generic List traversal and VT/VO compatibility

Thomas W twhitmore.nz at gmail.com
Mon Jan 26 03:00:42 UTC 2015


Hi Stephane, Stephen, Vitaly,

The issue at hand (in this thread) is about iterating over opaque lists (or
> any iterable, for that matter).  The crux of the issue is that what fits
> most naturally with any-fied generics, <any T> void iterate(List<T> ...),
> is today being written using List<?>.  And one of the (predominant?)
> reasons that's used today is because of late-binding/reflection where the T
> isn't known at compile time.  I don't think anyone is claiming there's any
> subtype relationship between List<int> and List<?> from an OO perspective.
>

I am not fully clear why we can't fit "reasonable" generic traversal &
processing of List<int>/ List<value>into the existing language scheme.

We can fairly consider an interface "List<? extends Object>" to mean _a
List of items coercable to Object._  As an interface, this merely specifies
that the Items can be accessed via an "Object" reftype API.

This is perfectly possible for List<int> to implement -- primitives &
value-types can (and for generality, should) offer a boxed API. This gives
general iteration/ compatibility "for free", out of the box. Internally
bridge methods would be used.

When we write specific type-code against List<int> or List<valuetype>,
these would still be nominally compatible with List<?> but the more
efficient type-specific methods would be bound.

So efficiency would be highest for type-specific code, but generality would
be be preserved via List<?> including all List<primitive>, List<valtype>.
Efficiency of generic iteration of primitive/ valtype would be similar to
today's boxed lists.

An important point on types & type relations:
- There should presumably be some relationship in the type system between
List<int> and List<?>.
- This is not a proper "supertype/subtype" relationship. List<int> is a
narrowing of List<?>, rather than a real subtype.
- We could consider it as a "specializes" or "reifies/generalizes"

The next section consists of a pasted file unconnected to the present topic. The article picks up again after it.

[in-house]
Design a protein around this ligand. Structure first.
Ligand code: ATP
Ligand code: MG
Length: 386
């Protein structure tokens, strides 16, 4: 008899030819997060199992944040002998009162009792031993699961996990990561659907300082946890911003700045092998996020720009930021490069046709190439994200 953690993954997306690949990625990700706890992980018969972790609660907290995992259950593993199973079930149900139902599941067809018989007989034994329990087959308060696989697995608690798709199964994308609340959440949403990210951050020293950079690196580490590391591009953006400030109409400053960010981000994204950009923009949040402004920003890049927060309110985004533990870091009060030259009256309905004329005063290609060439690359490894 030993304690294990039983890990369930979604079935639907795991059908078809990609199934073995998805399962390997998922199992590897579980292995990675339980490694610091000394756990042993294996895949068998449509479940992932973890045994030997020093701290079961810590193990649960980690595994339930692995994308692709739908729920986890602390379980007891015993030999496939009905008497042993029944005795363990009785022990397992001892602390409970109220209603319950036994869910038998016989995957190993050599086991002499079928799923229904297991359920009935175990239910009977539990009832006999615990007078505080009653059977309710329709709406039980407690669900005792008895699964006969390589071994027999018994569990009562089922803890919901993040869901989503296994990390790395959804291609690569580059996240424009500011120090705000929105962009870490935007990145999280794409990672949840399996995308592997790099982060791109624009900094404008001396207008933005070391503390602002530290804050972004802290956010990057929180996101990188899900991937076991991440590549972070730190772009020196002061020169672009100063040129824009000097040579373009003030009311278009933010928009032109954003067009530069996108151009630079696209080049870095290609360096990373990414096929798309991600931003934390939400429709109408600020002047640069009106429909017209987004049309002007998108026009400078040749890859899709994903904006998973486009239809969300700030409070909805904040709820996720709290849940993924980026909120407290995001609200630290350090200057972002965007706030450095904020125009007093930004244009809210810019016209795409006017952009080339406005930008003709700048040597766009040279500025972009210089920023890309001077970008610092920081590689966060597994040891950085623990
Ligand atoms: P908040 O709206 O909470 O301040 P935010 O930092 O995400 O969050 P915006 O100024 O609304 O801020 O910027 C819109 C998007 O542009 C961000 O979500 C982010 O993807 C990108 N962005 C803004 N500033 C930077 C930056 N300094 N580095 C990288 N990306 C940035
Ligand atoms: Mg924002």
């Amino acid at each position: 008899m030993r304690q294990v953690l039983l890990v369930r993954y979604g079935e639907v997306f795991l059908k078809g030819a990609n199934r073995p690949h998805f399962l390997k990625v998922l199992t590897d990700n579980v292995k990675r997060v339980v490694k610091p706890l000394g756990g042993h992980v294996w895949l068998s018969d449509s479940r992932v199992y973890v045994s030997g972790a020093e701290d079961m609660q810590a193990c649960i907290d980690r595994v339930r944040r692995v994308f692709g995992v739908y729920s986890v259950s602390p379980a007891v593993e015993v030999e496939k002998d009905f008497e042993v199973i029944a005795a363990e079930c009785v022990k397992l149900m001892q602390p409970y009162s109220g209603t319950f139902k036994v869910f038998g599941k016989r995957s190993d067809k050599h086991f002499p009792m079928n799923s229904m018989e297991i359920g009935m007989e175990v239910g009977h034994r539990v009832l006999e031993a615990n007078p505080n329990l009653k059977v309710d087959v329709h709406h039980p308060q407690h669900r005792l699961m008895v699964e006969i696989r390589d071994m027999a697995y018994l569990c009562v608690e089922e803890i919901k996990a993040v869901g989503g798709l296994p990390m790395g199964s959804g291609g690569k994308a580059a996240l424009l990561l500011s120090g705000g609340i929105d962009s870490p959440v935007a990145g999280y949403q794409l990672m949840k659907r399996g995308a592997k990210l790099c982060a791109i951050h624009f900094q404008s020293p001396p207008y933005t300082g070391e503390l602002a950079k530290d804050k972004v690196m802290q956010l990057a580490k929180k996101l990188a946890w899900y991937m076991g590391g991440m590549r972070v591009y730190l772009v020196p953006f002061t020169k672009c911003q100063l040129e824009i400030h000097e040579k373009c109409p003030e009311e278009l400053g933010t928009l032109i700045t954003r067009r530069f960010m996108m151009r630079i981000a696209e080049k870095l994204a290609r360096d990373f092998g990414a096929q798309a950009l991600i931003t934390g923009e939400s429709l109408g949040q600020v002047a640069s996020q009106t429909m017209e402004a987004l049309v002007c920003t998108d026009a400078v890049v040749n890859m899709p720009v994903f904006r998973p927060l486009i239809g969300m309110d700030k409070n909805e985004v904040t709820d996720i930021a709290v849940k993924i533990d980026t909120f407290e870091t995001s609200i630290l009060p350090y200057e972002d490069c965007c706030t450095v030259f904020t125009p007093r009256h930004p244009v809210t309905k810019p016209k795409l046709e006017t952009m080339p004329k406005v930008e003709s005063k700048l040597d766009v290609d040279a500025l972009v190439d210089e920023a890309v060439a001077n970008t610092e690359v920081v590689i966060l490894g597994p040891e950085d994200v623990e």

relation.
- We should not try to treat/ or consider this relation as something it is
not, as our conclusions/ results may likely be incorrect. (in regard of
design)

I can still imagine updating the language, such that List<?> now
effectively meant "List<any>". Boxing would be automatic and implicit to
fill in the gaps. Some improvement to method-selection & despatch rules
might be required.

So:  "<?>"  would now mean "<any cooercable to Object>".

List<?> would declare:
    Object get (int index)
    void add (Object item)

List<int> would declare:
    int get (int index)
    void add (int item)
and expose as bridges:
    Object get (int index)
    void add (Object item)

Existing framework code should almost totally "just work" -- with similar
performance to today -- via the boxed APIs. Hopefully, having clear &
meaningful "specializes/generalizes" type relation would help framework
code in future to do even better.

Question:  can Java method despatch be tweaked/ enhanced to achieve the
above?
----------

Last point: Interface "compatibility" may conceivably be easier/ more
possible, than the same thing for classes. I don't know if this a solid
conclusion or just instinct, prompted by two things:
- the avoidance of concrete class implementation inheritance (T[] elements),
- greater flexibility of interface method-dispatch.

For this reason I am proposing the relation for interface types, as a
starting point.


Regards
Thomas Whitmore


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